Export declarations, which must include safety and security (EXS) data, have been required for goods leaving the UK since 1 January 2021. EXS declarations have been required for empty vehicles leaving the UK since 1 October 2021. These requirements remain unchanged. However, all exports from the UK by ferry will be required to use the GVMS system from 1 January 2022 before departing from the UK to the EU, including Ireland.

In addition to the necessary customs formalities, from 1 January, exporters of all agri-food products exporting from all EU countries except Ireland, to or through Great Britain need to have their UK importer pre-notify the UK authorities of these goods, prior to their entry into GB. Further information can be found on the dedicated page on UK Import Controls here. More information from the UK Government is available here.

A range of Government supports are available, including training and grants, to help your business deal with these changes. However, you will also need to engage with your UK importer and with the UK authorities.

When will the postponed changes be introduced for UK imports from Ireland?

These planned controls for goods moving directly from Ireland to Great Britain have been postponed, not removed and Irish businesses exporting to the UK should continue to prepare for the introduction of new UK import and customs controls in 2022. The timing of the introduction of the new controls is not known at this stage, but Irish businesses should ensure that they are fully prepared for the commencement of these controls and be mindful of the fact that the lead-in time to their commencement, once announced, could be quite short.

In preparation, hauliers should continue to register for the Goods Vehicle Movement System (GVMS) and to apply for a GB Economic Operator Registration and Identification (EORI) number. Information on how to obtain an EORI number is available here. Information on how to register for GVMS is available here. UK safety and security declarations (ENS) are not required until 1 July 2022.

Existing requirements, such as full EU export formalities and the requirement to use the transit procedure when moving goods through the UK to the EU, in place since 1 January 2021, will continue to apply.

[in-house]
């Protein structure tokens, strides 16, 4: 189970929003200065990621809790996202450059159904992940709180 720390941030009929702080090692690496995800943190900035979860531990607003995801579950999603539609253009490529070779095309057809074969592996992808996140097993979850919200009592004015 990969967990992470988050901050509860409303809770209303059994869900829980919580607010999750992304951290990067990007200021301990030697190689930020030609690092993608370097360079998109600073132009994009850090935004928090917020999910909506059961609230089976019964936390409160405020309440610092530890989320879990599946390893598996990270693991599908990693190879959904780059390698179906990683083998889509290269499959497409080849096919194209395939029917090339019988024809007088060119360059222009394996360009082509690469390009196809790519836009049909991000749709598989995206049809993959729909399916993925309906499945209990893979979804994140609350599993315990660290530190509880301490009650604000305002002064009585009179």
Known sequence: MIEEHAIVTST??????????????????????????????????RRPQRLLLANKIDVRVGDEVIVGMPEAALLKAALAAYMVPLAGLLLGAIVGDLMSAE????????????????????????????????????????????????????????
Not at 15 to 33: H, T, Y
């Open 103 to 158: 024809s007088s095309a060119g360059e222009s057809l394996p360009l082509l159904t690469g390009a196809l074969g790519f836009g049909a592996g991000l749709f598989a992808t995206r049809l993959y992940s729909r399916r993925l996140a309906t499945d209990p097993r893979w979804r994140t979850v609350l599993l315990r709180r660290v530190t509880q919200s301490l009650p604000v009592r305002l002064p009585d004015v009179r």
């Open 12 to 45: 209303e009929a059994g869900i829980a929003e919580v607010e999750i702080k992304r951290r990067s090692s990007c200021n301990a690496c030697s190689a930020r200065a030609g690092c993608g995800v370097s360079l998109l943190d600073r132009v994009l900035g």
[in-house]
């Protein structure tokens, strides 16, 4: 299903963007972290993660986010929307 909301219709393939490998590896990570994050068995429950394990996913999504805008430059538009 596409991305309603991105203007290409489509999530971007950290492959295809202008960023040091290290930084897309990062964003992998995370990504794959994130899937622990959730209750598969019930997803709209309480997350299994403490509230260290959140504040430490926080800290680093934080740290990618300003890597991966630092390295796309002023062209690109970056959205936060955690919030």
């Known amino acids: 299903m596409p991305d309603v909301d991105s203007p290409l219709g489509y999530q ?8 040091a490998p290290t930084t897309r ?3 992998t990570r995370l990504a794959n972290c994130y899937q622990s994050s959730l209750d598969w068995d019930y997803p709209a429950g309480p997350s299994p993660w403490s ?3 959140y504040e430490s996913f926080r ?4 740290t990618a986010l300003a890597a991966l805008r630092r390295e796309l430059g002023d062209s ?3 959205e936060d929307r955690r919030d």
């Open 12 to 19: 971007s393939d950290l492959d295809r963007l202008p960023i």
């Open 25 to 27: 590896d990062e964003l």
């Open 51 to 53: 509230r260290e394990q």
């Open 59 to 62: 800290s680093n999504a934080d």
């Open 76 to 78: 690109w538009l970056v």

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UK Requirement Original Proposed Date Revised Date of Introduction
Full Customs declarations and controls 1 January 2022 Postponed until further notice for goods moving directly from Ireland to Great Britain. Requirements will apply for UK imports from other EU Member States and for goods transported from EU countries to Ireland via Great Britain either under transit or vi a distribution hub in GB.
Pre-notification of SPS goods 1 October 2021 Postponed until further notice for goods moving directly from Ireland to Great Britain unless it was already in place. Requirements will apply for UK imports from other EU Member States and for goods transported from EU countries to Ireland via Great Britain either under transit or vi a distribution hub in GB
Safety and security declarations on entry to the UK (ENS declarations) 1 January 2022 1 Juy 2022
Export Health/ Phytosanitary Certificates and physical/identity checks on animal by-products; plant and plant products; meat and meat products; high-risk food not of animal origin 1 January 2022 1 Juy 2022
Export Health Certificates and physical checks on all dairy products 1 January 2022 1 September 2022
Export Health Certificates and physical checks on all remaining products of animal origin including composite and fish products 1 January 2022 1 November 2022

Brexit

The United Kingdom left the European Union on 31 January 2020 after both sides concluded a Withdrawal Agreement to facilitate an orderly departure.

The Withdrawal Agreement provided for a transition period, which ended on 31 December 2020.

The EU-UK Trade and Cooperation Agreement came into effect at the end of the transition period. The Agreement provides for tariff-free, quota-free trade and for sectoral cooperation in a number of important areas. The European Commission has provided more information on the Agreement on its website .

As the UK is no longer part of the EU Single Market and Customs Union new procedures apply for businesses moving goods to, from or through the UK, excluding Northern Ireland. The Protocol on Ireland / Northern Ireland , which forms part of the Withdrawal Agreement agreed between the EU and the UK in 2019, means that no new procedures apply to goods moving between Northern Ireland and Ireland or the other Member States of the European Union.